Crews thought the apparatus would be a total loss, but were surprised to find it relatively undamaged.
“There was actually flames burning in the cab of the rig,” Scott said.
Meanwhile, on Guava Street in the main body of the fire, another fire crew was briefly overrun with flames. That fire truck was also saved, Dyer said.
Bob Johannes has lived for 24 years in his home on the corner of Loganberry Street and 185th Street Southwest on the east side of Interstate 5 in Grand Mound.
Tuesday’s fire burned up to the road across Loganberry from Johannes’ house and up to his fence behind the home. He said firefighters credited his home’s extensive garden and green lawn with saving his property.
“It was well-watered,” he said. “That’s why it didn’t burn.”
Johannes said he and his neighbors set up hoses to prevent the fire from spreading as it burned out of control Tuesday evening.
He remembers the moment the fire first flared in his neighborhood.
“As I was mowing the lawn I was watching the smoke from the wildfire,” he said. “And all of a sudden I smelled smoke.”
Johannes looked across Loganberry to see smoke and flames. He said he believes the fire wasn’t started by embers blowing across the freeway, but from a cigarette from a passing car.
However, firefighters on the scene disagreed.
“The timing was too coincidental,” Scott said.
Dyer noted that residents should create “defensible space” around their homes in the event of a wildfire by clearing up dry brush and other flammable materials.
“We still have summer left. It is not too late to create defensible space,” she said.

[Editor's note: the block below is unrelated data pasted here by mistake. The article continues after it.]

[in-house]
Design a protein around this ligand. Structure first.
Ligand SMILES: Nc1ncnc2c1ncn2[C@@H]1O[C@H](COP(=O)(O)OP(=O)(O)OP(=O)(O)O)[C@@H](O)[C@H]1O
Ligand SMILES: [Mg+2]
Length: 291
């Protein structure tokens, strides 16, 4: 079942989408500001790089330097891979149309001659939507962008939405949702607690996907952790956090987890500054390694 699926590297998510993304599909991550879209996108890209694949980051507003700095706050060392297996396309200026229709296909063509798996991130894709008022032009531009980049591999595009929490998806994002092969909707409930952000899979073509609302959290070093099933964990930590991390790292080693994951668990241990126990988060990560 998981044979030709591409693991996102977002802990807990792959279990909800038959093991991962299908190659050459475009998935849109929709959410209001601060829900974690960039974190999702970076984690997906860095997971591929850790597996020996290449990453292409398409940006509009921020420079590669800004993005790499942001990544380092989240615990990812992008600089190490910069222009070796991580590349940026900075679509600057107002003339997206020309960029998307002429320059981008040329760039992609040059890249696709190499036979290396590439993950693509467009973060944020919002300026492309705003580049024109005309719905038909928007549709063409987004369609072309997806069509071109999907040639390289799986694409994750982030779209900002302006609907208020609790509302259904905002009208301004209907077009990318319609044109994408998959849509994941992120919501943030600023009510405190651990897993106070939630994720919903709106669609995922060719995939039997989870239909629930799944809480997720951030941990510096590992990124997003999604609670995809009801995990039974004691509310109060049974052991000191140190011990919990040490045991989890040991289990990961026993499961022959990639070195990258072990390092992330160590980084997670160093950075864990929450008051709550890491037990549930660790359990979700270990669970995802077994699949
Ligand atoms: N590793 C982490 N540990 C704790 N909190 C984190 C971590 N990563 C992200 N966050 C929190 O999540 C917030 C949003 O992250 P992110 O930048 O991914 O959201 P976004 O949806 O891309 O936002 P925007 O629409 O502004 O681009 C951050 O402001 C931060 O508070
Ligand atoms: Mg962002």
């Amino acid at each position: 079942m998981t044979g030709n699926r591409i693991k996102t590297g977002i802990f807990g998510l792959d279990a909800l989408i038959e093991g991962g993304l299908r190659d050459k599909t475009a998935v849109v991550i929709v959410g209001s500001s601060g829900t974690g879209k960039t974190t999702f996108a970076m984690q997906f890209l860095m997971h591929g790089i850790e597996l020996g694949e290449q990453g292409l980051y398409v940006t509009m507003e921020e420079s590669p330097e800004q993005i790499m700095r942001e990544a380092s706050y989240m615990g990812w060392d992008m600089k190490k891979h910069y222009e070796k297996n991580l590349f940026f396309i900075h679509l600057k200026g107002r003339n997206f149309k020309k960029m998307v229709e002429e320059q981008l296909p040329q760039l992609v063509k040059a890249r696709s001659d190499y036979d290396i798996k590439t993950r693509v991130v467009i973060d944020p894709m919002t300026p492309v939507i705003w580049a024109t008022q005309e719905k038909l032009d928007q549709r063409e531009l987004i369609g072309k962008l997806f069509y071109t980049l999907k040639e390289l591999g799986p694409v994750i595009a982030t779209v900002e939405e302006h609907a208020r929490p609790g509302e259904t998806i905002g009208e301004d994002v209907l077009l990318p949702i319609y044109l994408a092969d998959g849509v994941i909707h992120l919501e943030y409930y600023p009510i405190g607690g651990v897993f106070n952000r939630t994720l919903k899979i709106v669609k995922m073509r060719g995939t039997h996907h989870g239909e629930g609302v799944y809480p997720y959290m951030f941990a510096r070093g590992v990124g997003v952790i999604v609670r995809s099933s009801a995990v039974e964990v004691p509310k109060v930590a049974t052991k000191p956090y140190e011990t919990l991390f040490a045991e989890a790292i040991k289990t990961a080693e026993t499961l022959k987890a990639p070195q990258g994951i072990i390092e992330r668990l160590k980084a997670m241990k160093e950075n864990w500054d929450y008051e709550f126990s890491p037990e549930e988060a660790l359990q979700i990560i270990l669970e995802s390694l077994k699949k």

Mike Morales was off duty Tuesday afternoon when he saw the smoke and grabbed a fire engine with partner Chris White and went to work.
“You couldn’t see at all,” he said. “The first house we came to was already getting structural protection so we went to the second.”
Firefighters were stationing their units at homes to protect them as wildland firefighters worked to stop the fire in fields.
The two went to work trying to divert the path of the wildfire around the home.
“We were working our butts off … and all of a sudden you hear this big tanker,” Morales said.
He ducked as the DC10 tanker dropped a load of red fire retardant right on top of them.
Dyer said retardant is not toxic, but should be washed off homes and vehicles soon to prevent stains.
At the time, firefighters weren’t concerned about that, but were pleased with the help they got from the DNR’s air support.
In the end, the outbuildings burned, but Morales and White saved the home.
Lt. Brandon Betts was also off-duty when he saw the plume of smoke.
“When I went to work my wife went to move her parents, who were in the path of the fire,” he said.
Betts responded to an area near a salmon hatchery and evacuated the business and area residents. When he arrived, the fire was angling away from the area, giving residents a chance to grab belongings.
“There was a big wind change,” he said.
Suddenly everyone had to run out of the path of the fire.
For Betts, one loss in Tuesday’s fire is personal. The historic Miller-Brewer house, in the Scatter Creek Wildlife Area, was his family’s homestead.
“What’s left is a historical marker,” Scott said.
Dyer said firefighters take all of the losses from Tuesday’s fire personally, even if the tally of what they saved far outweighs what they couldn’t.
“There was a heartbeat there,” she said. “There was a story.”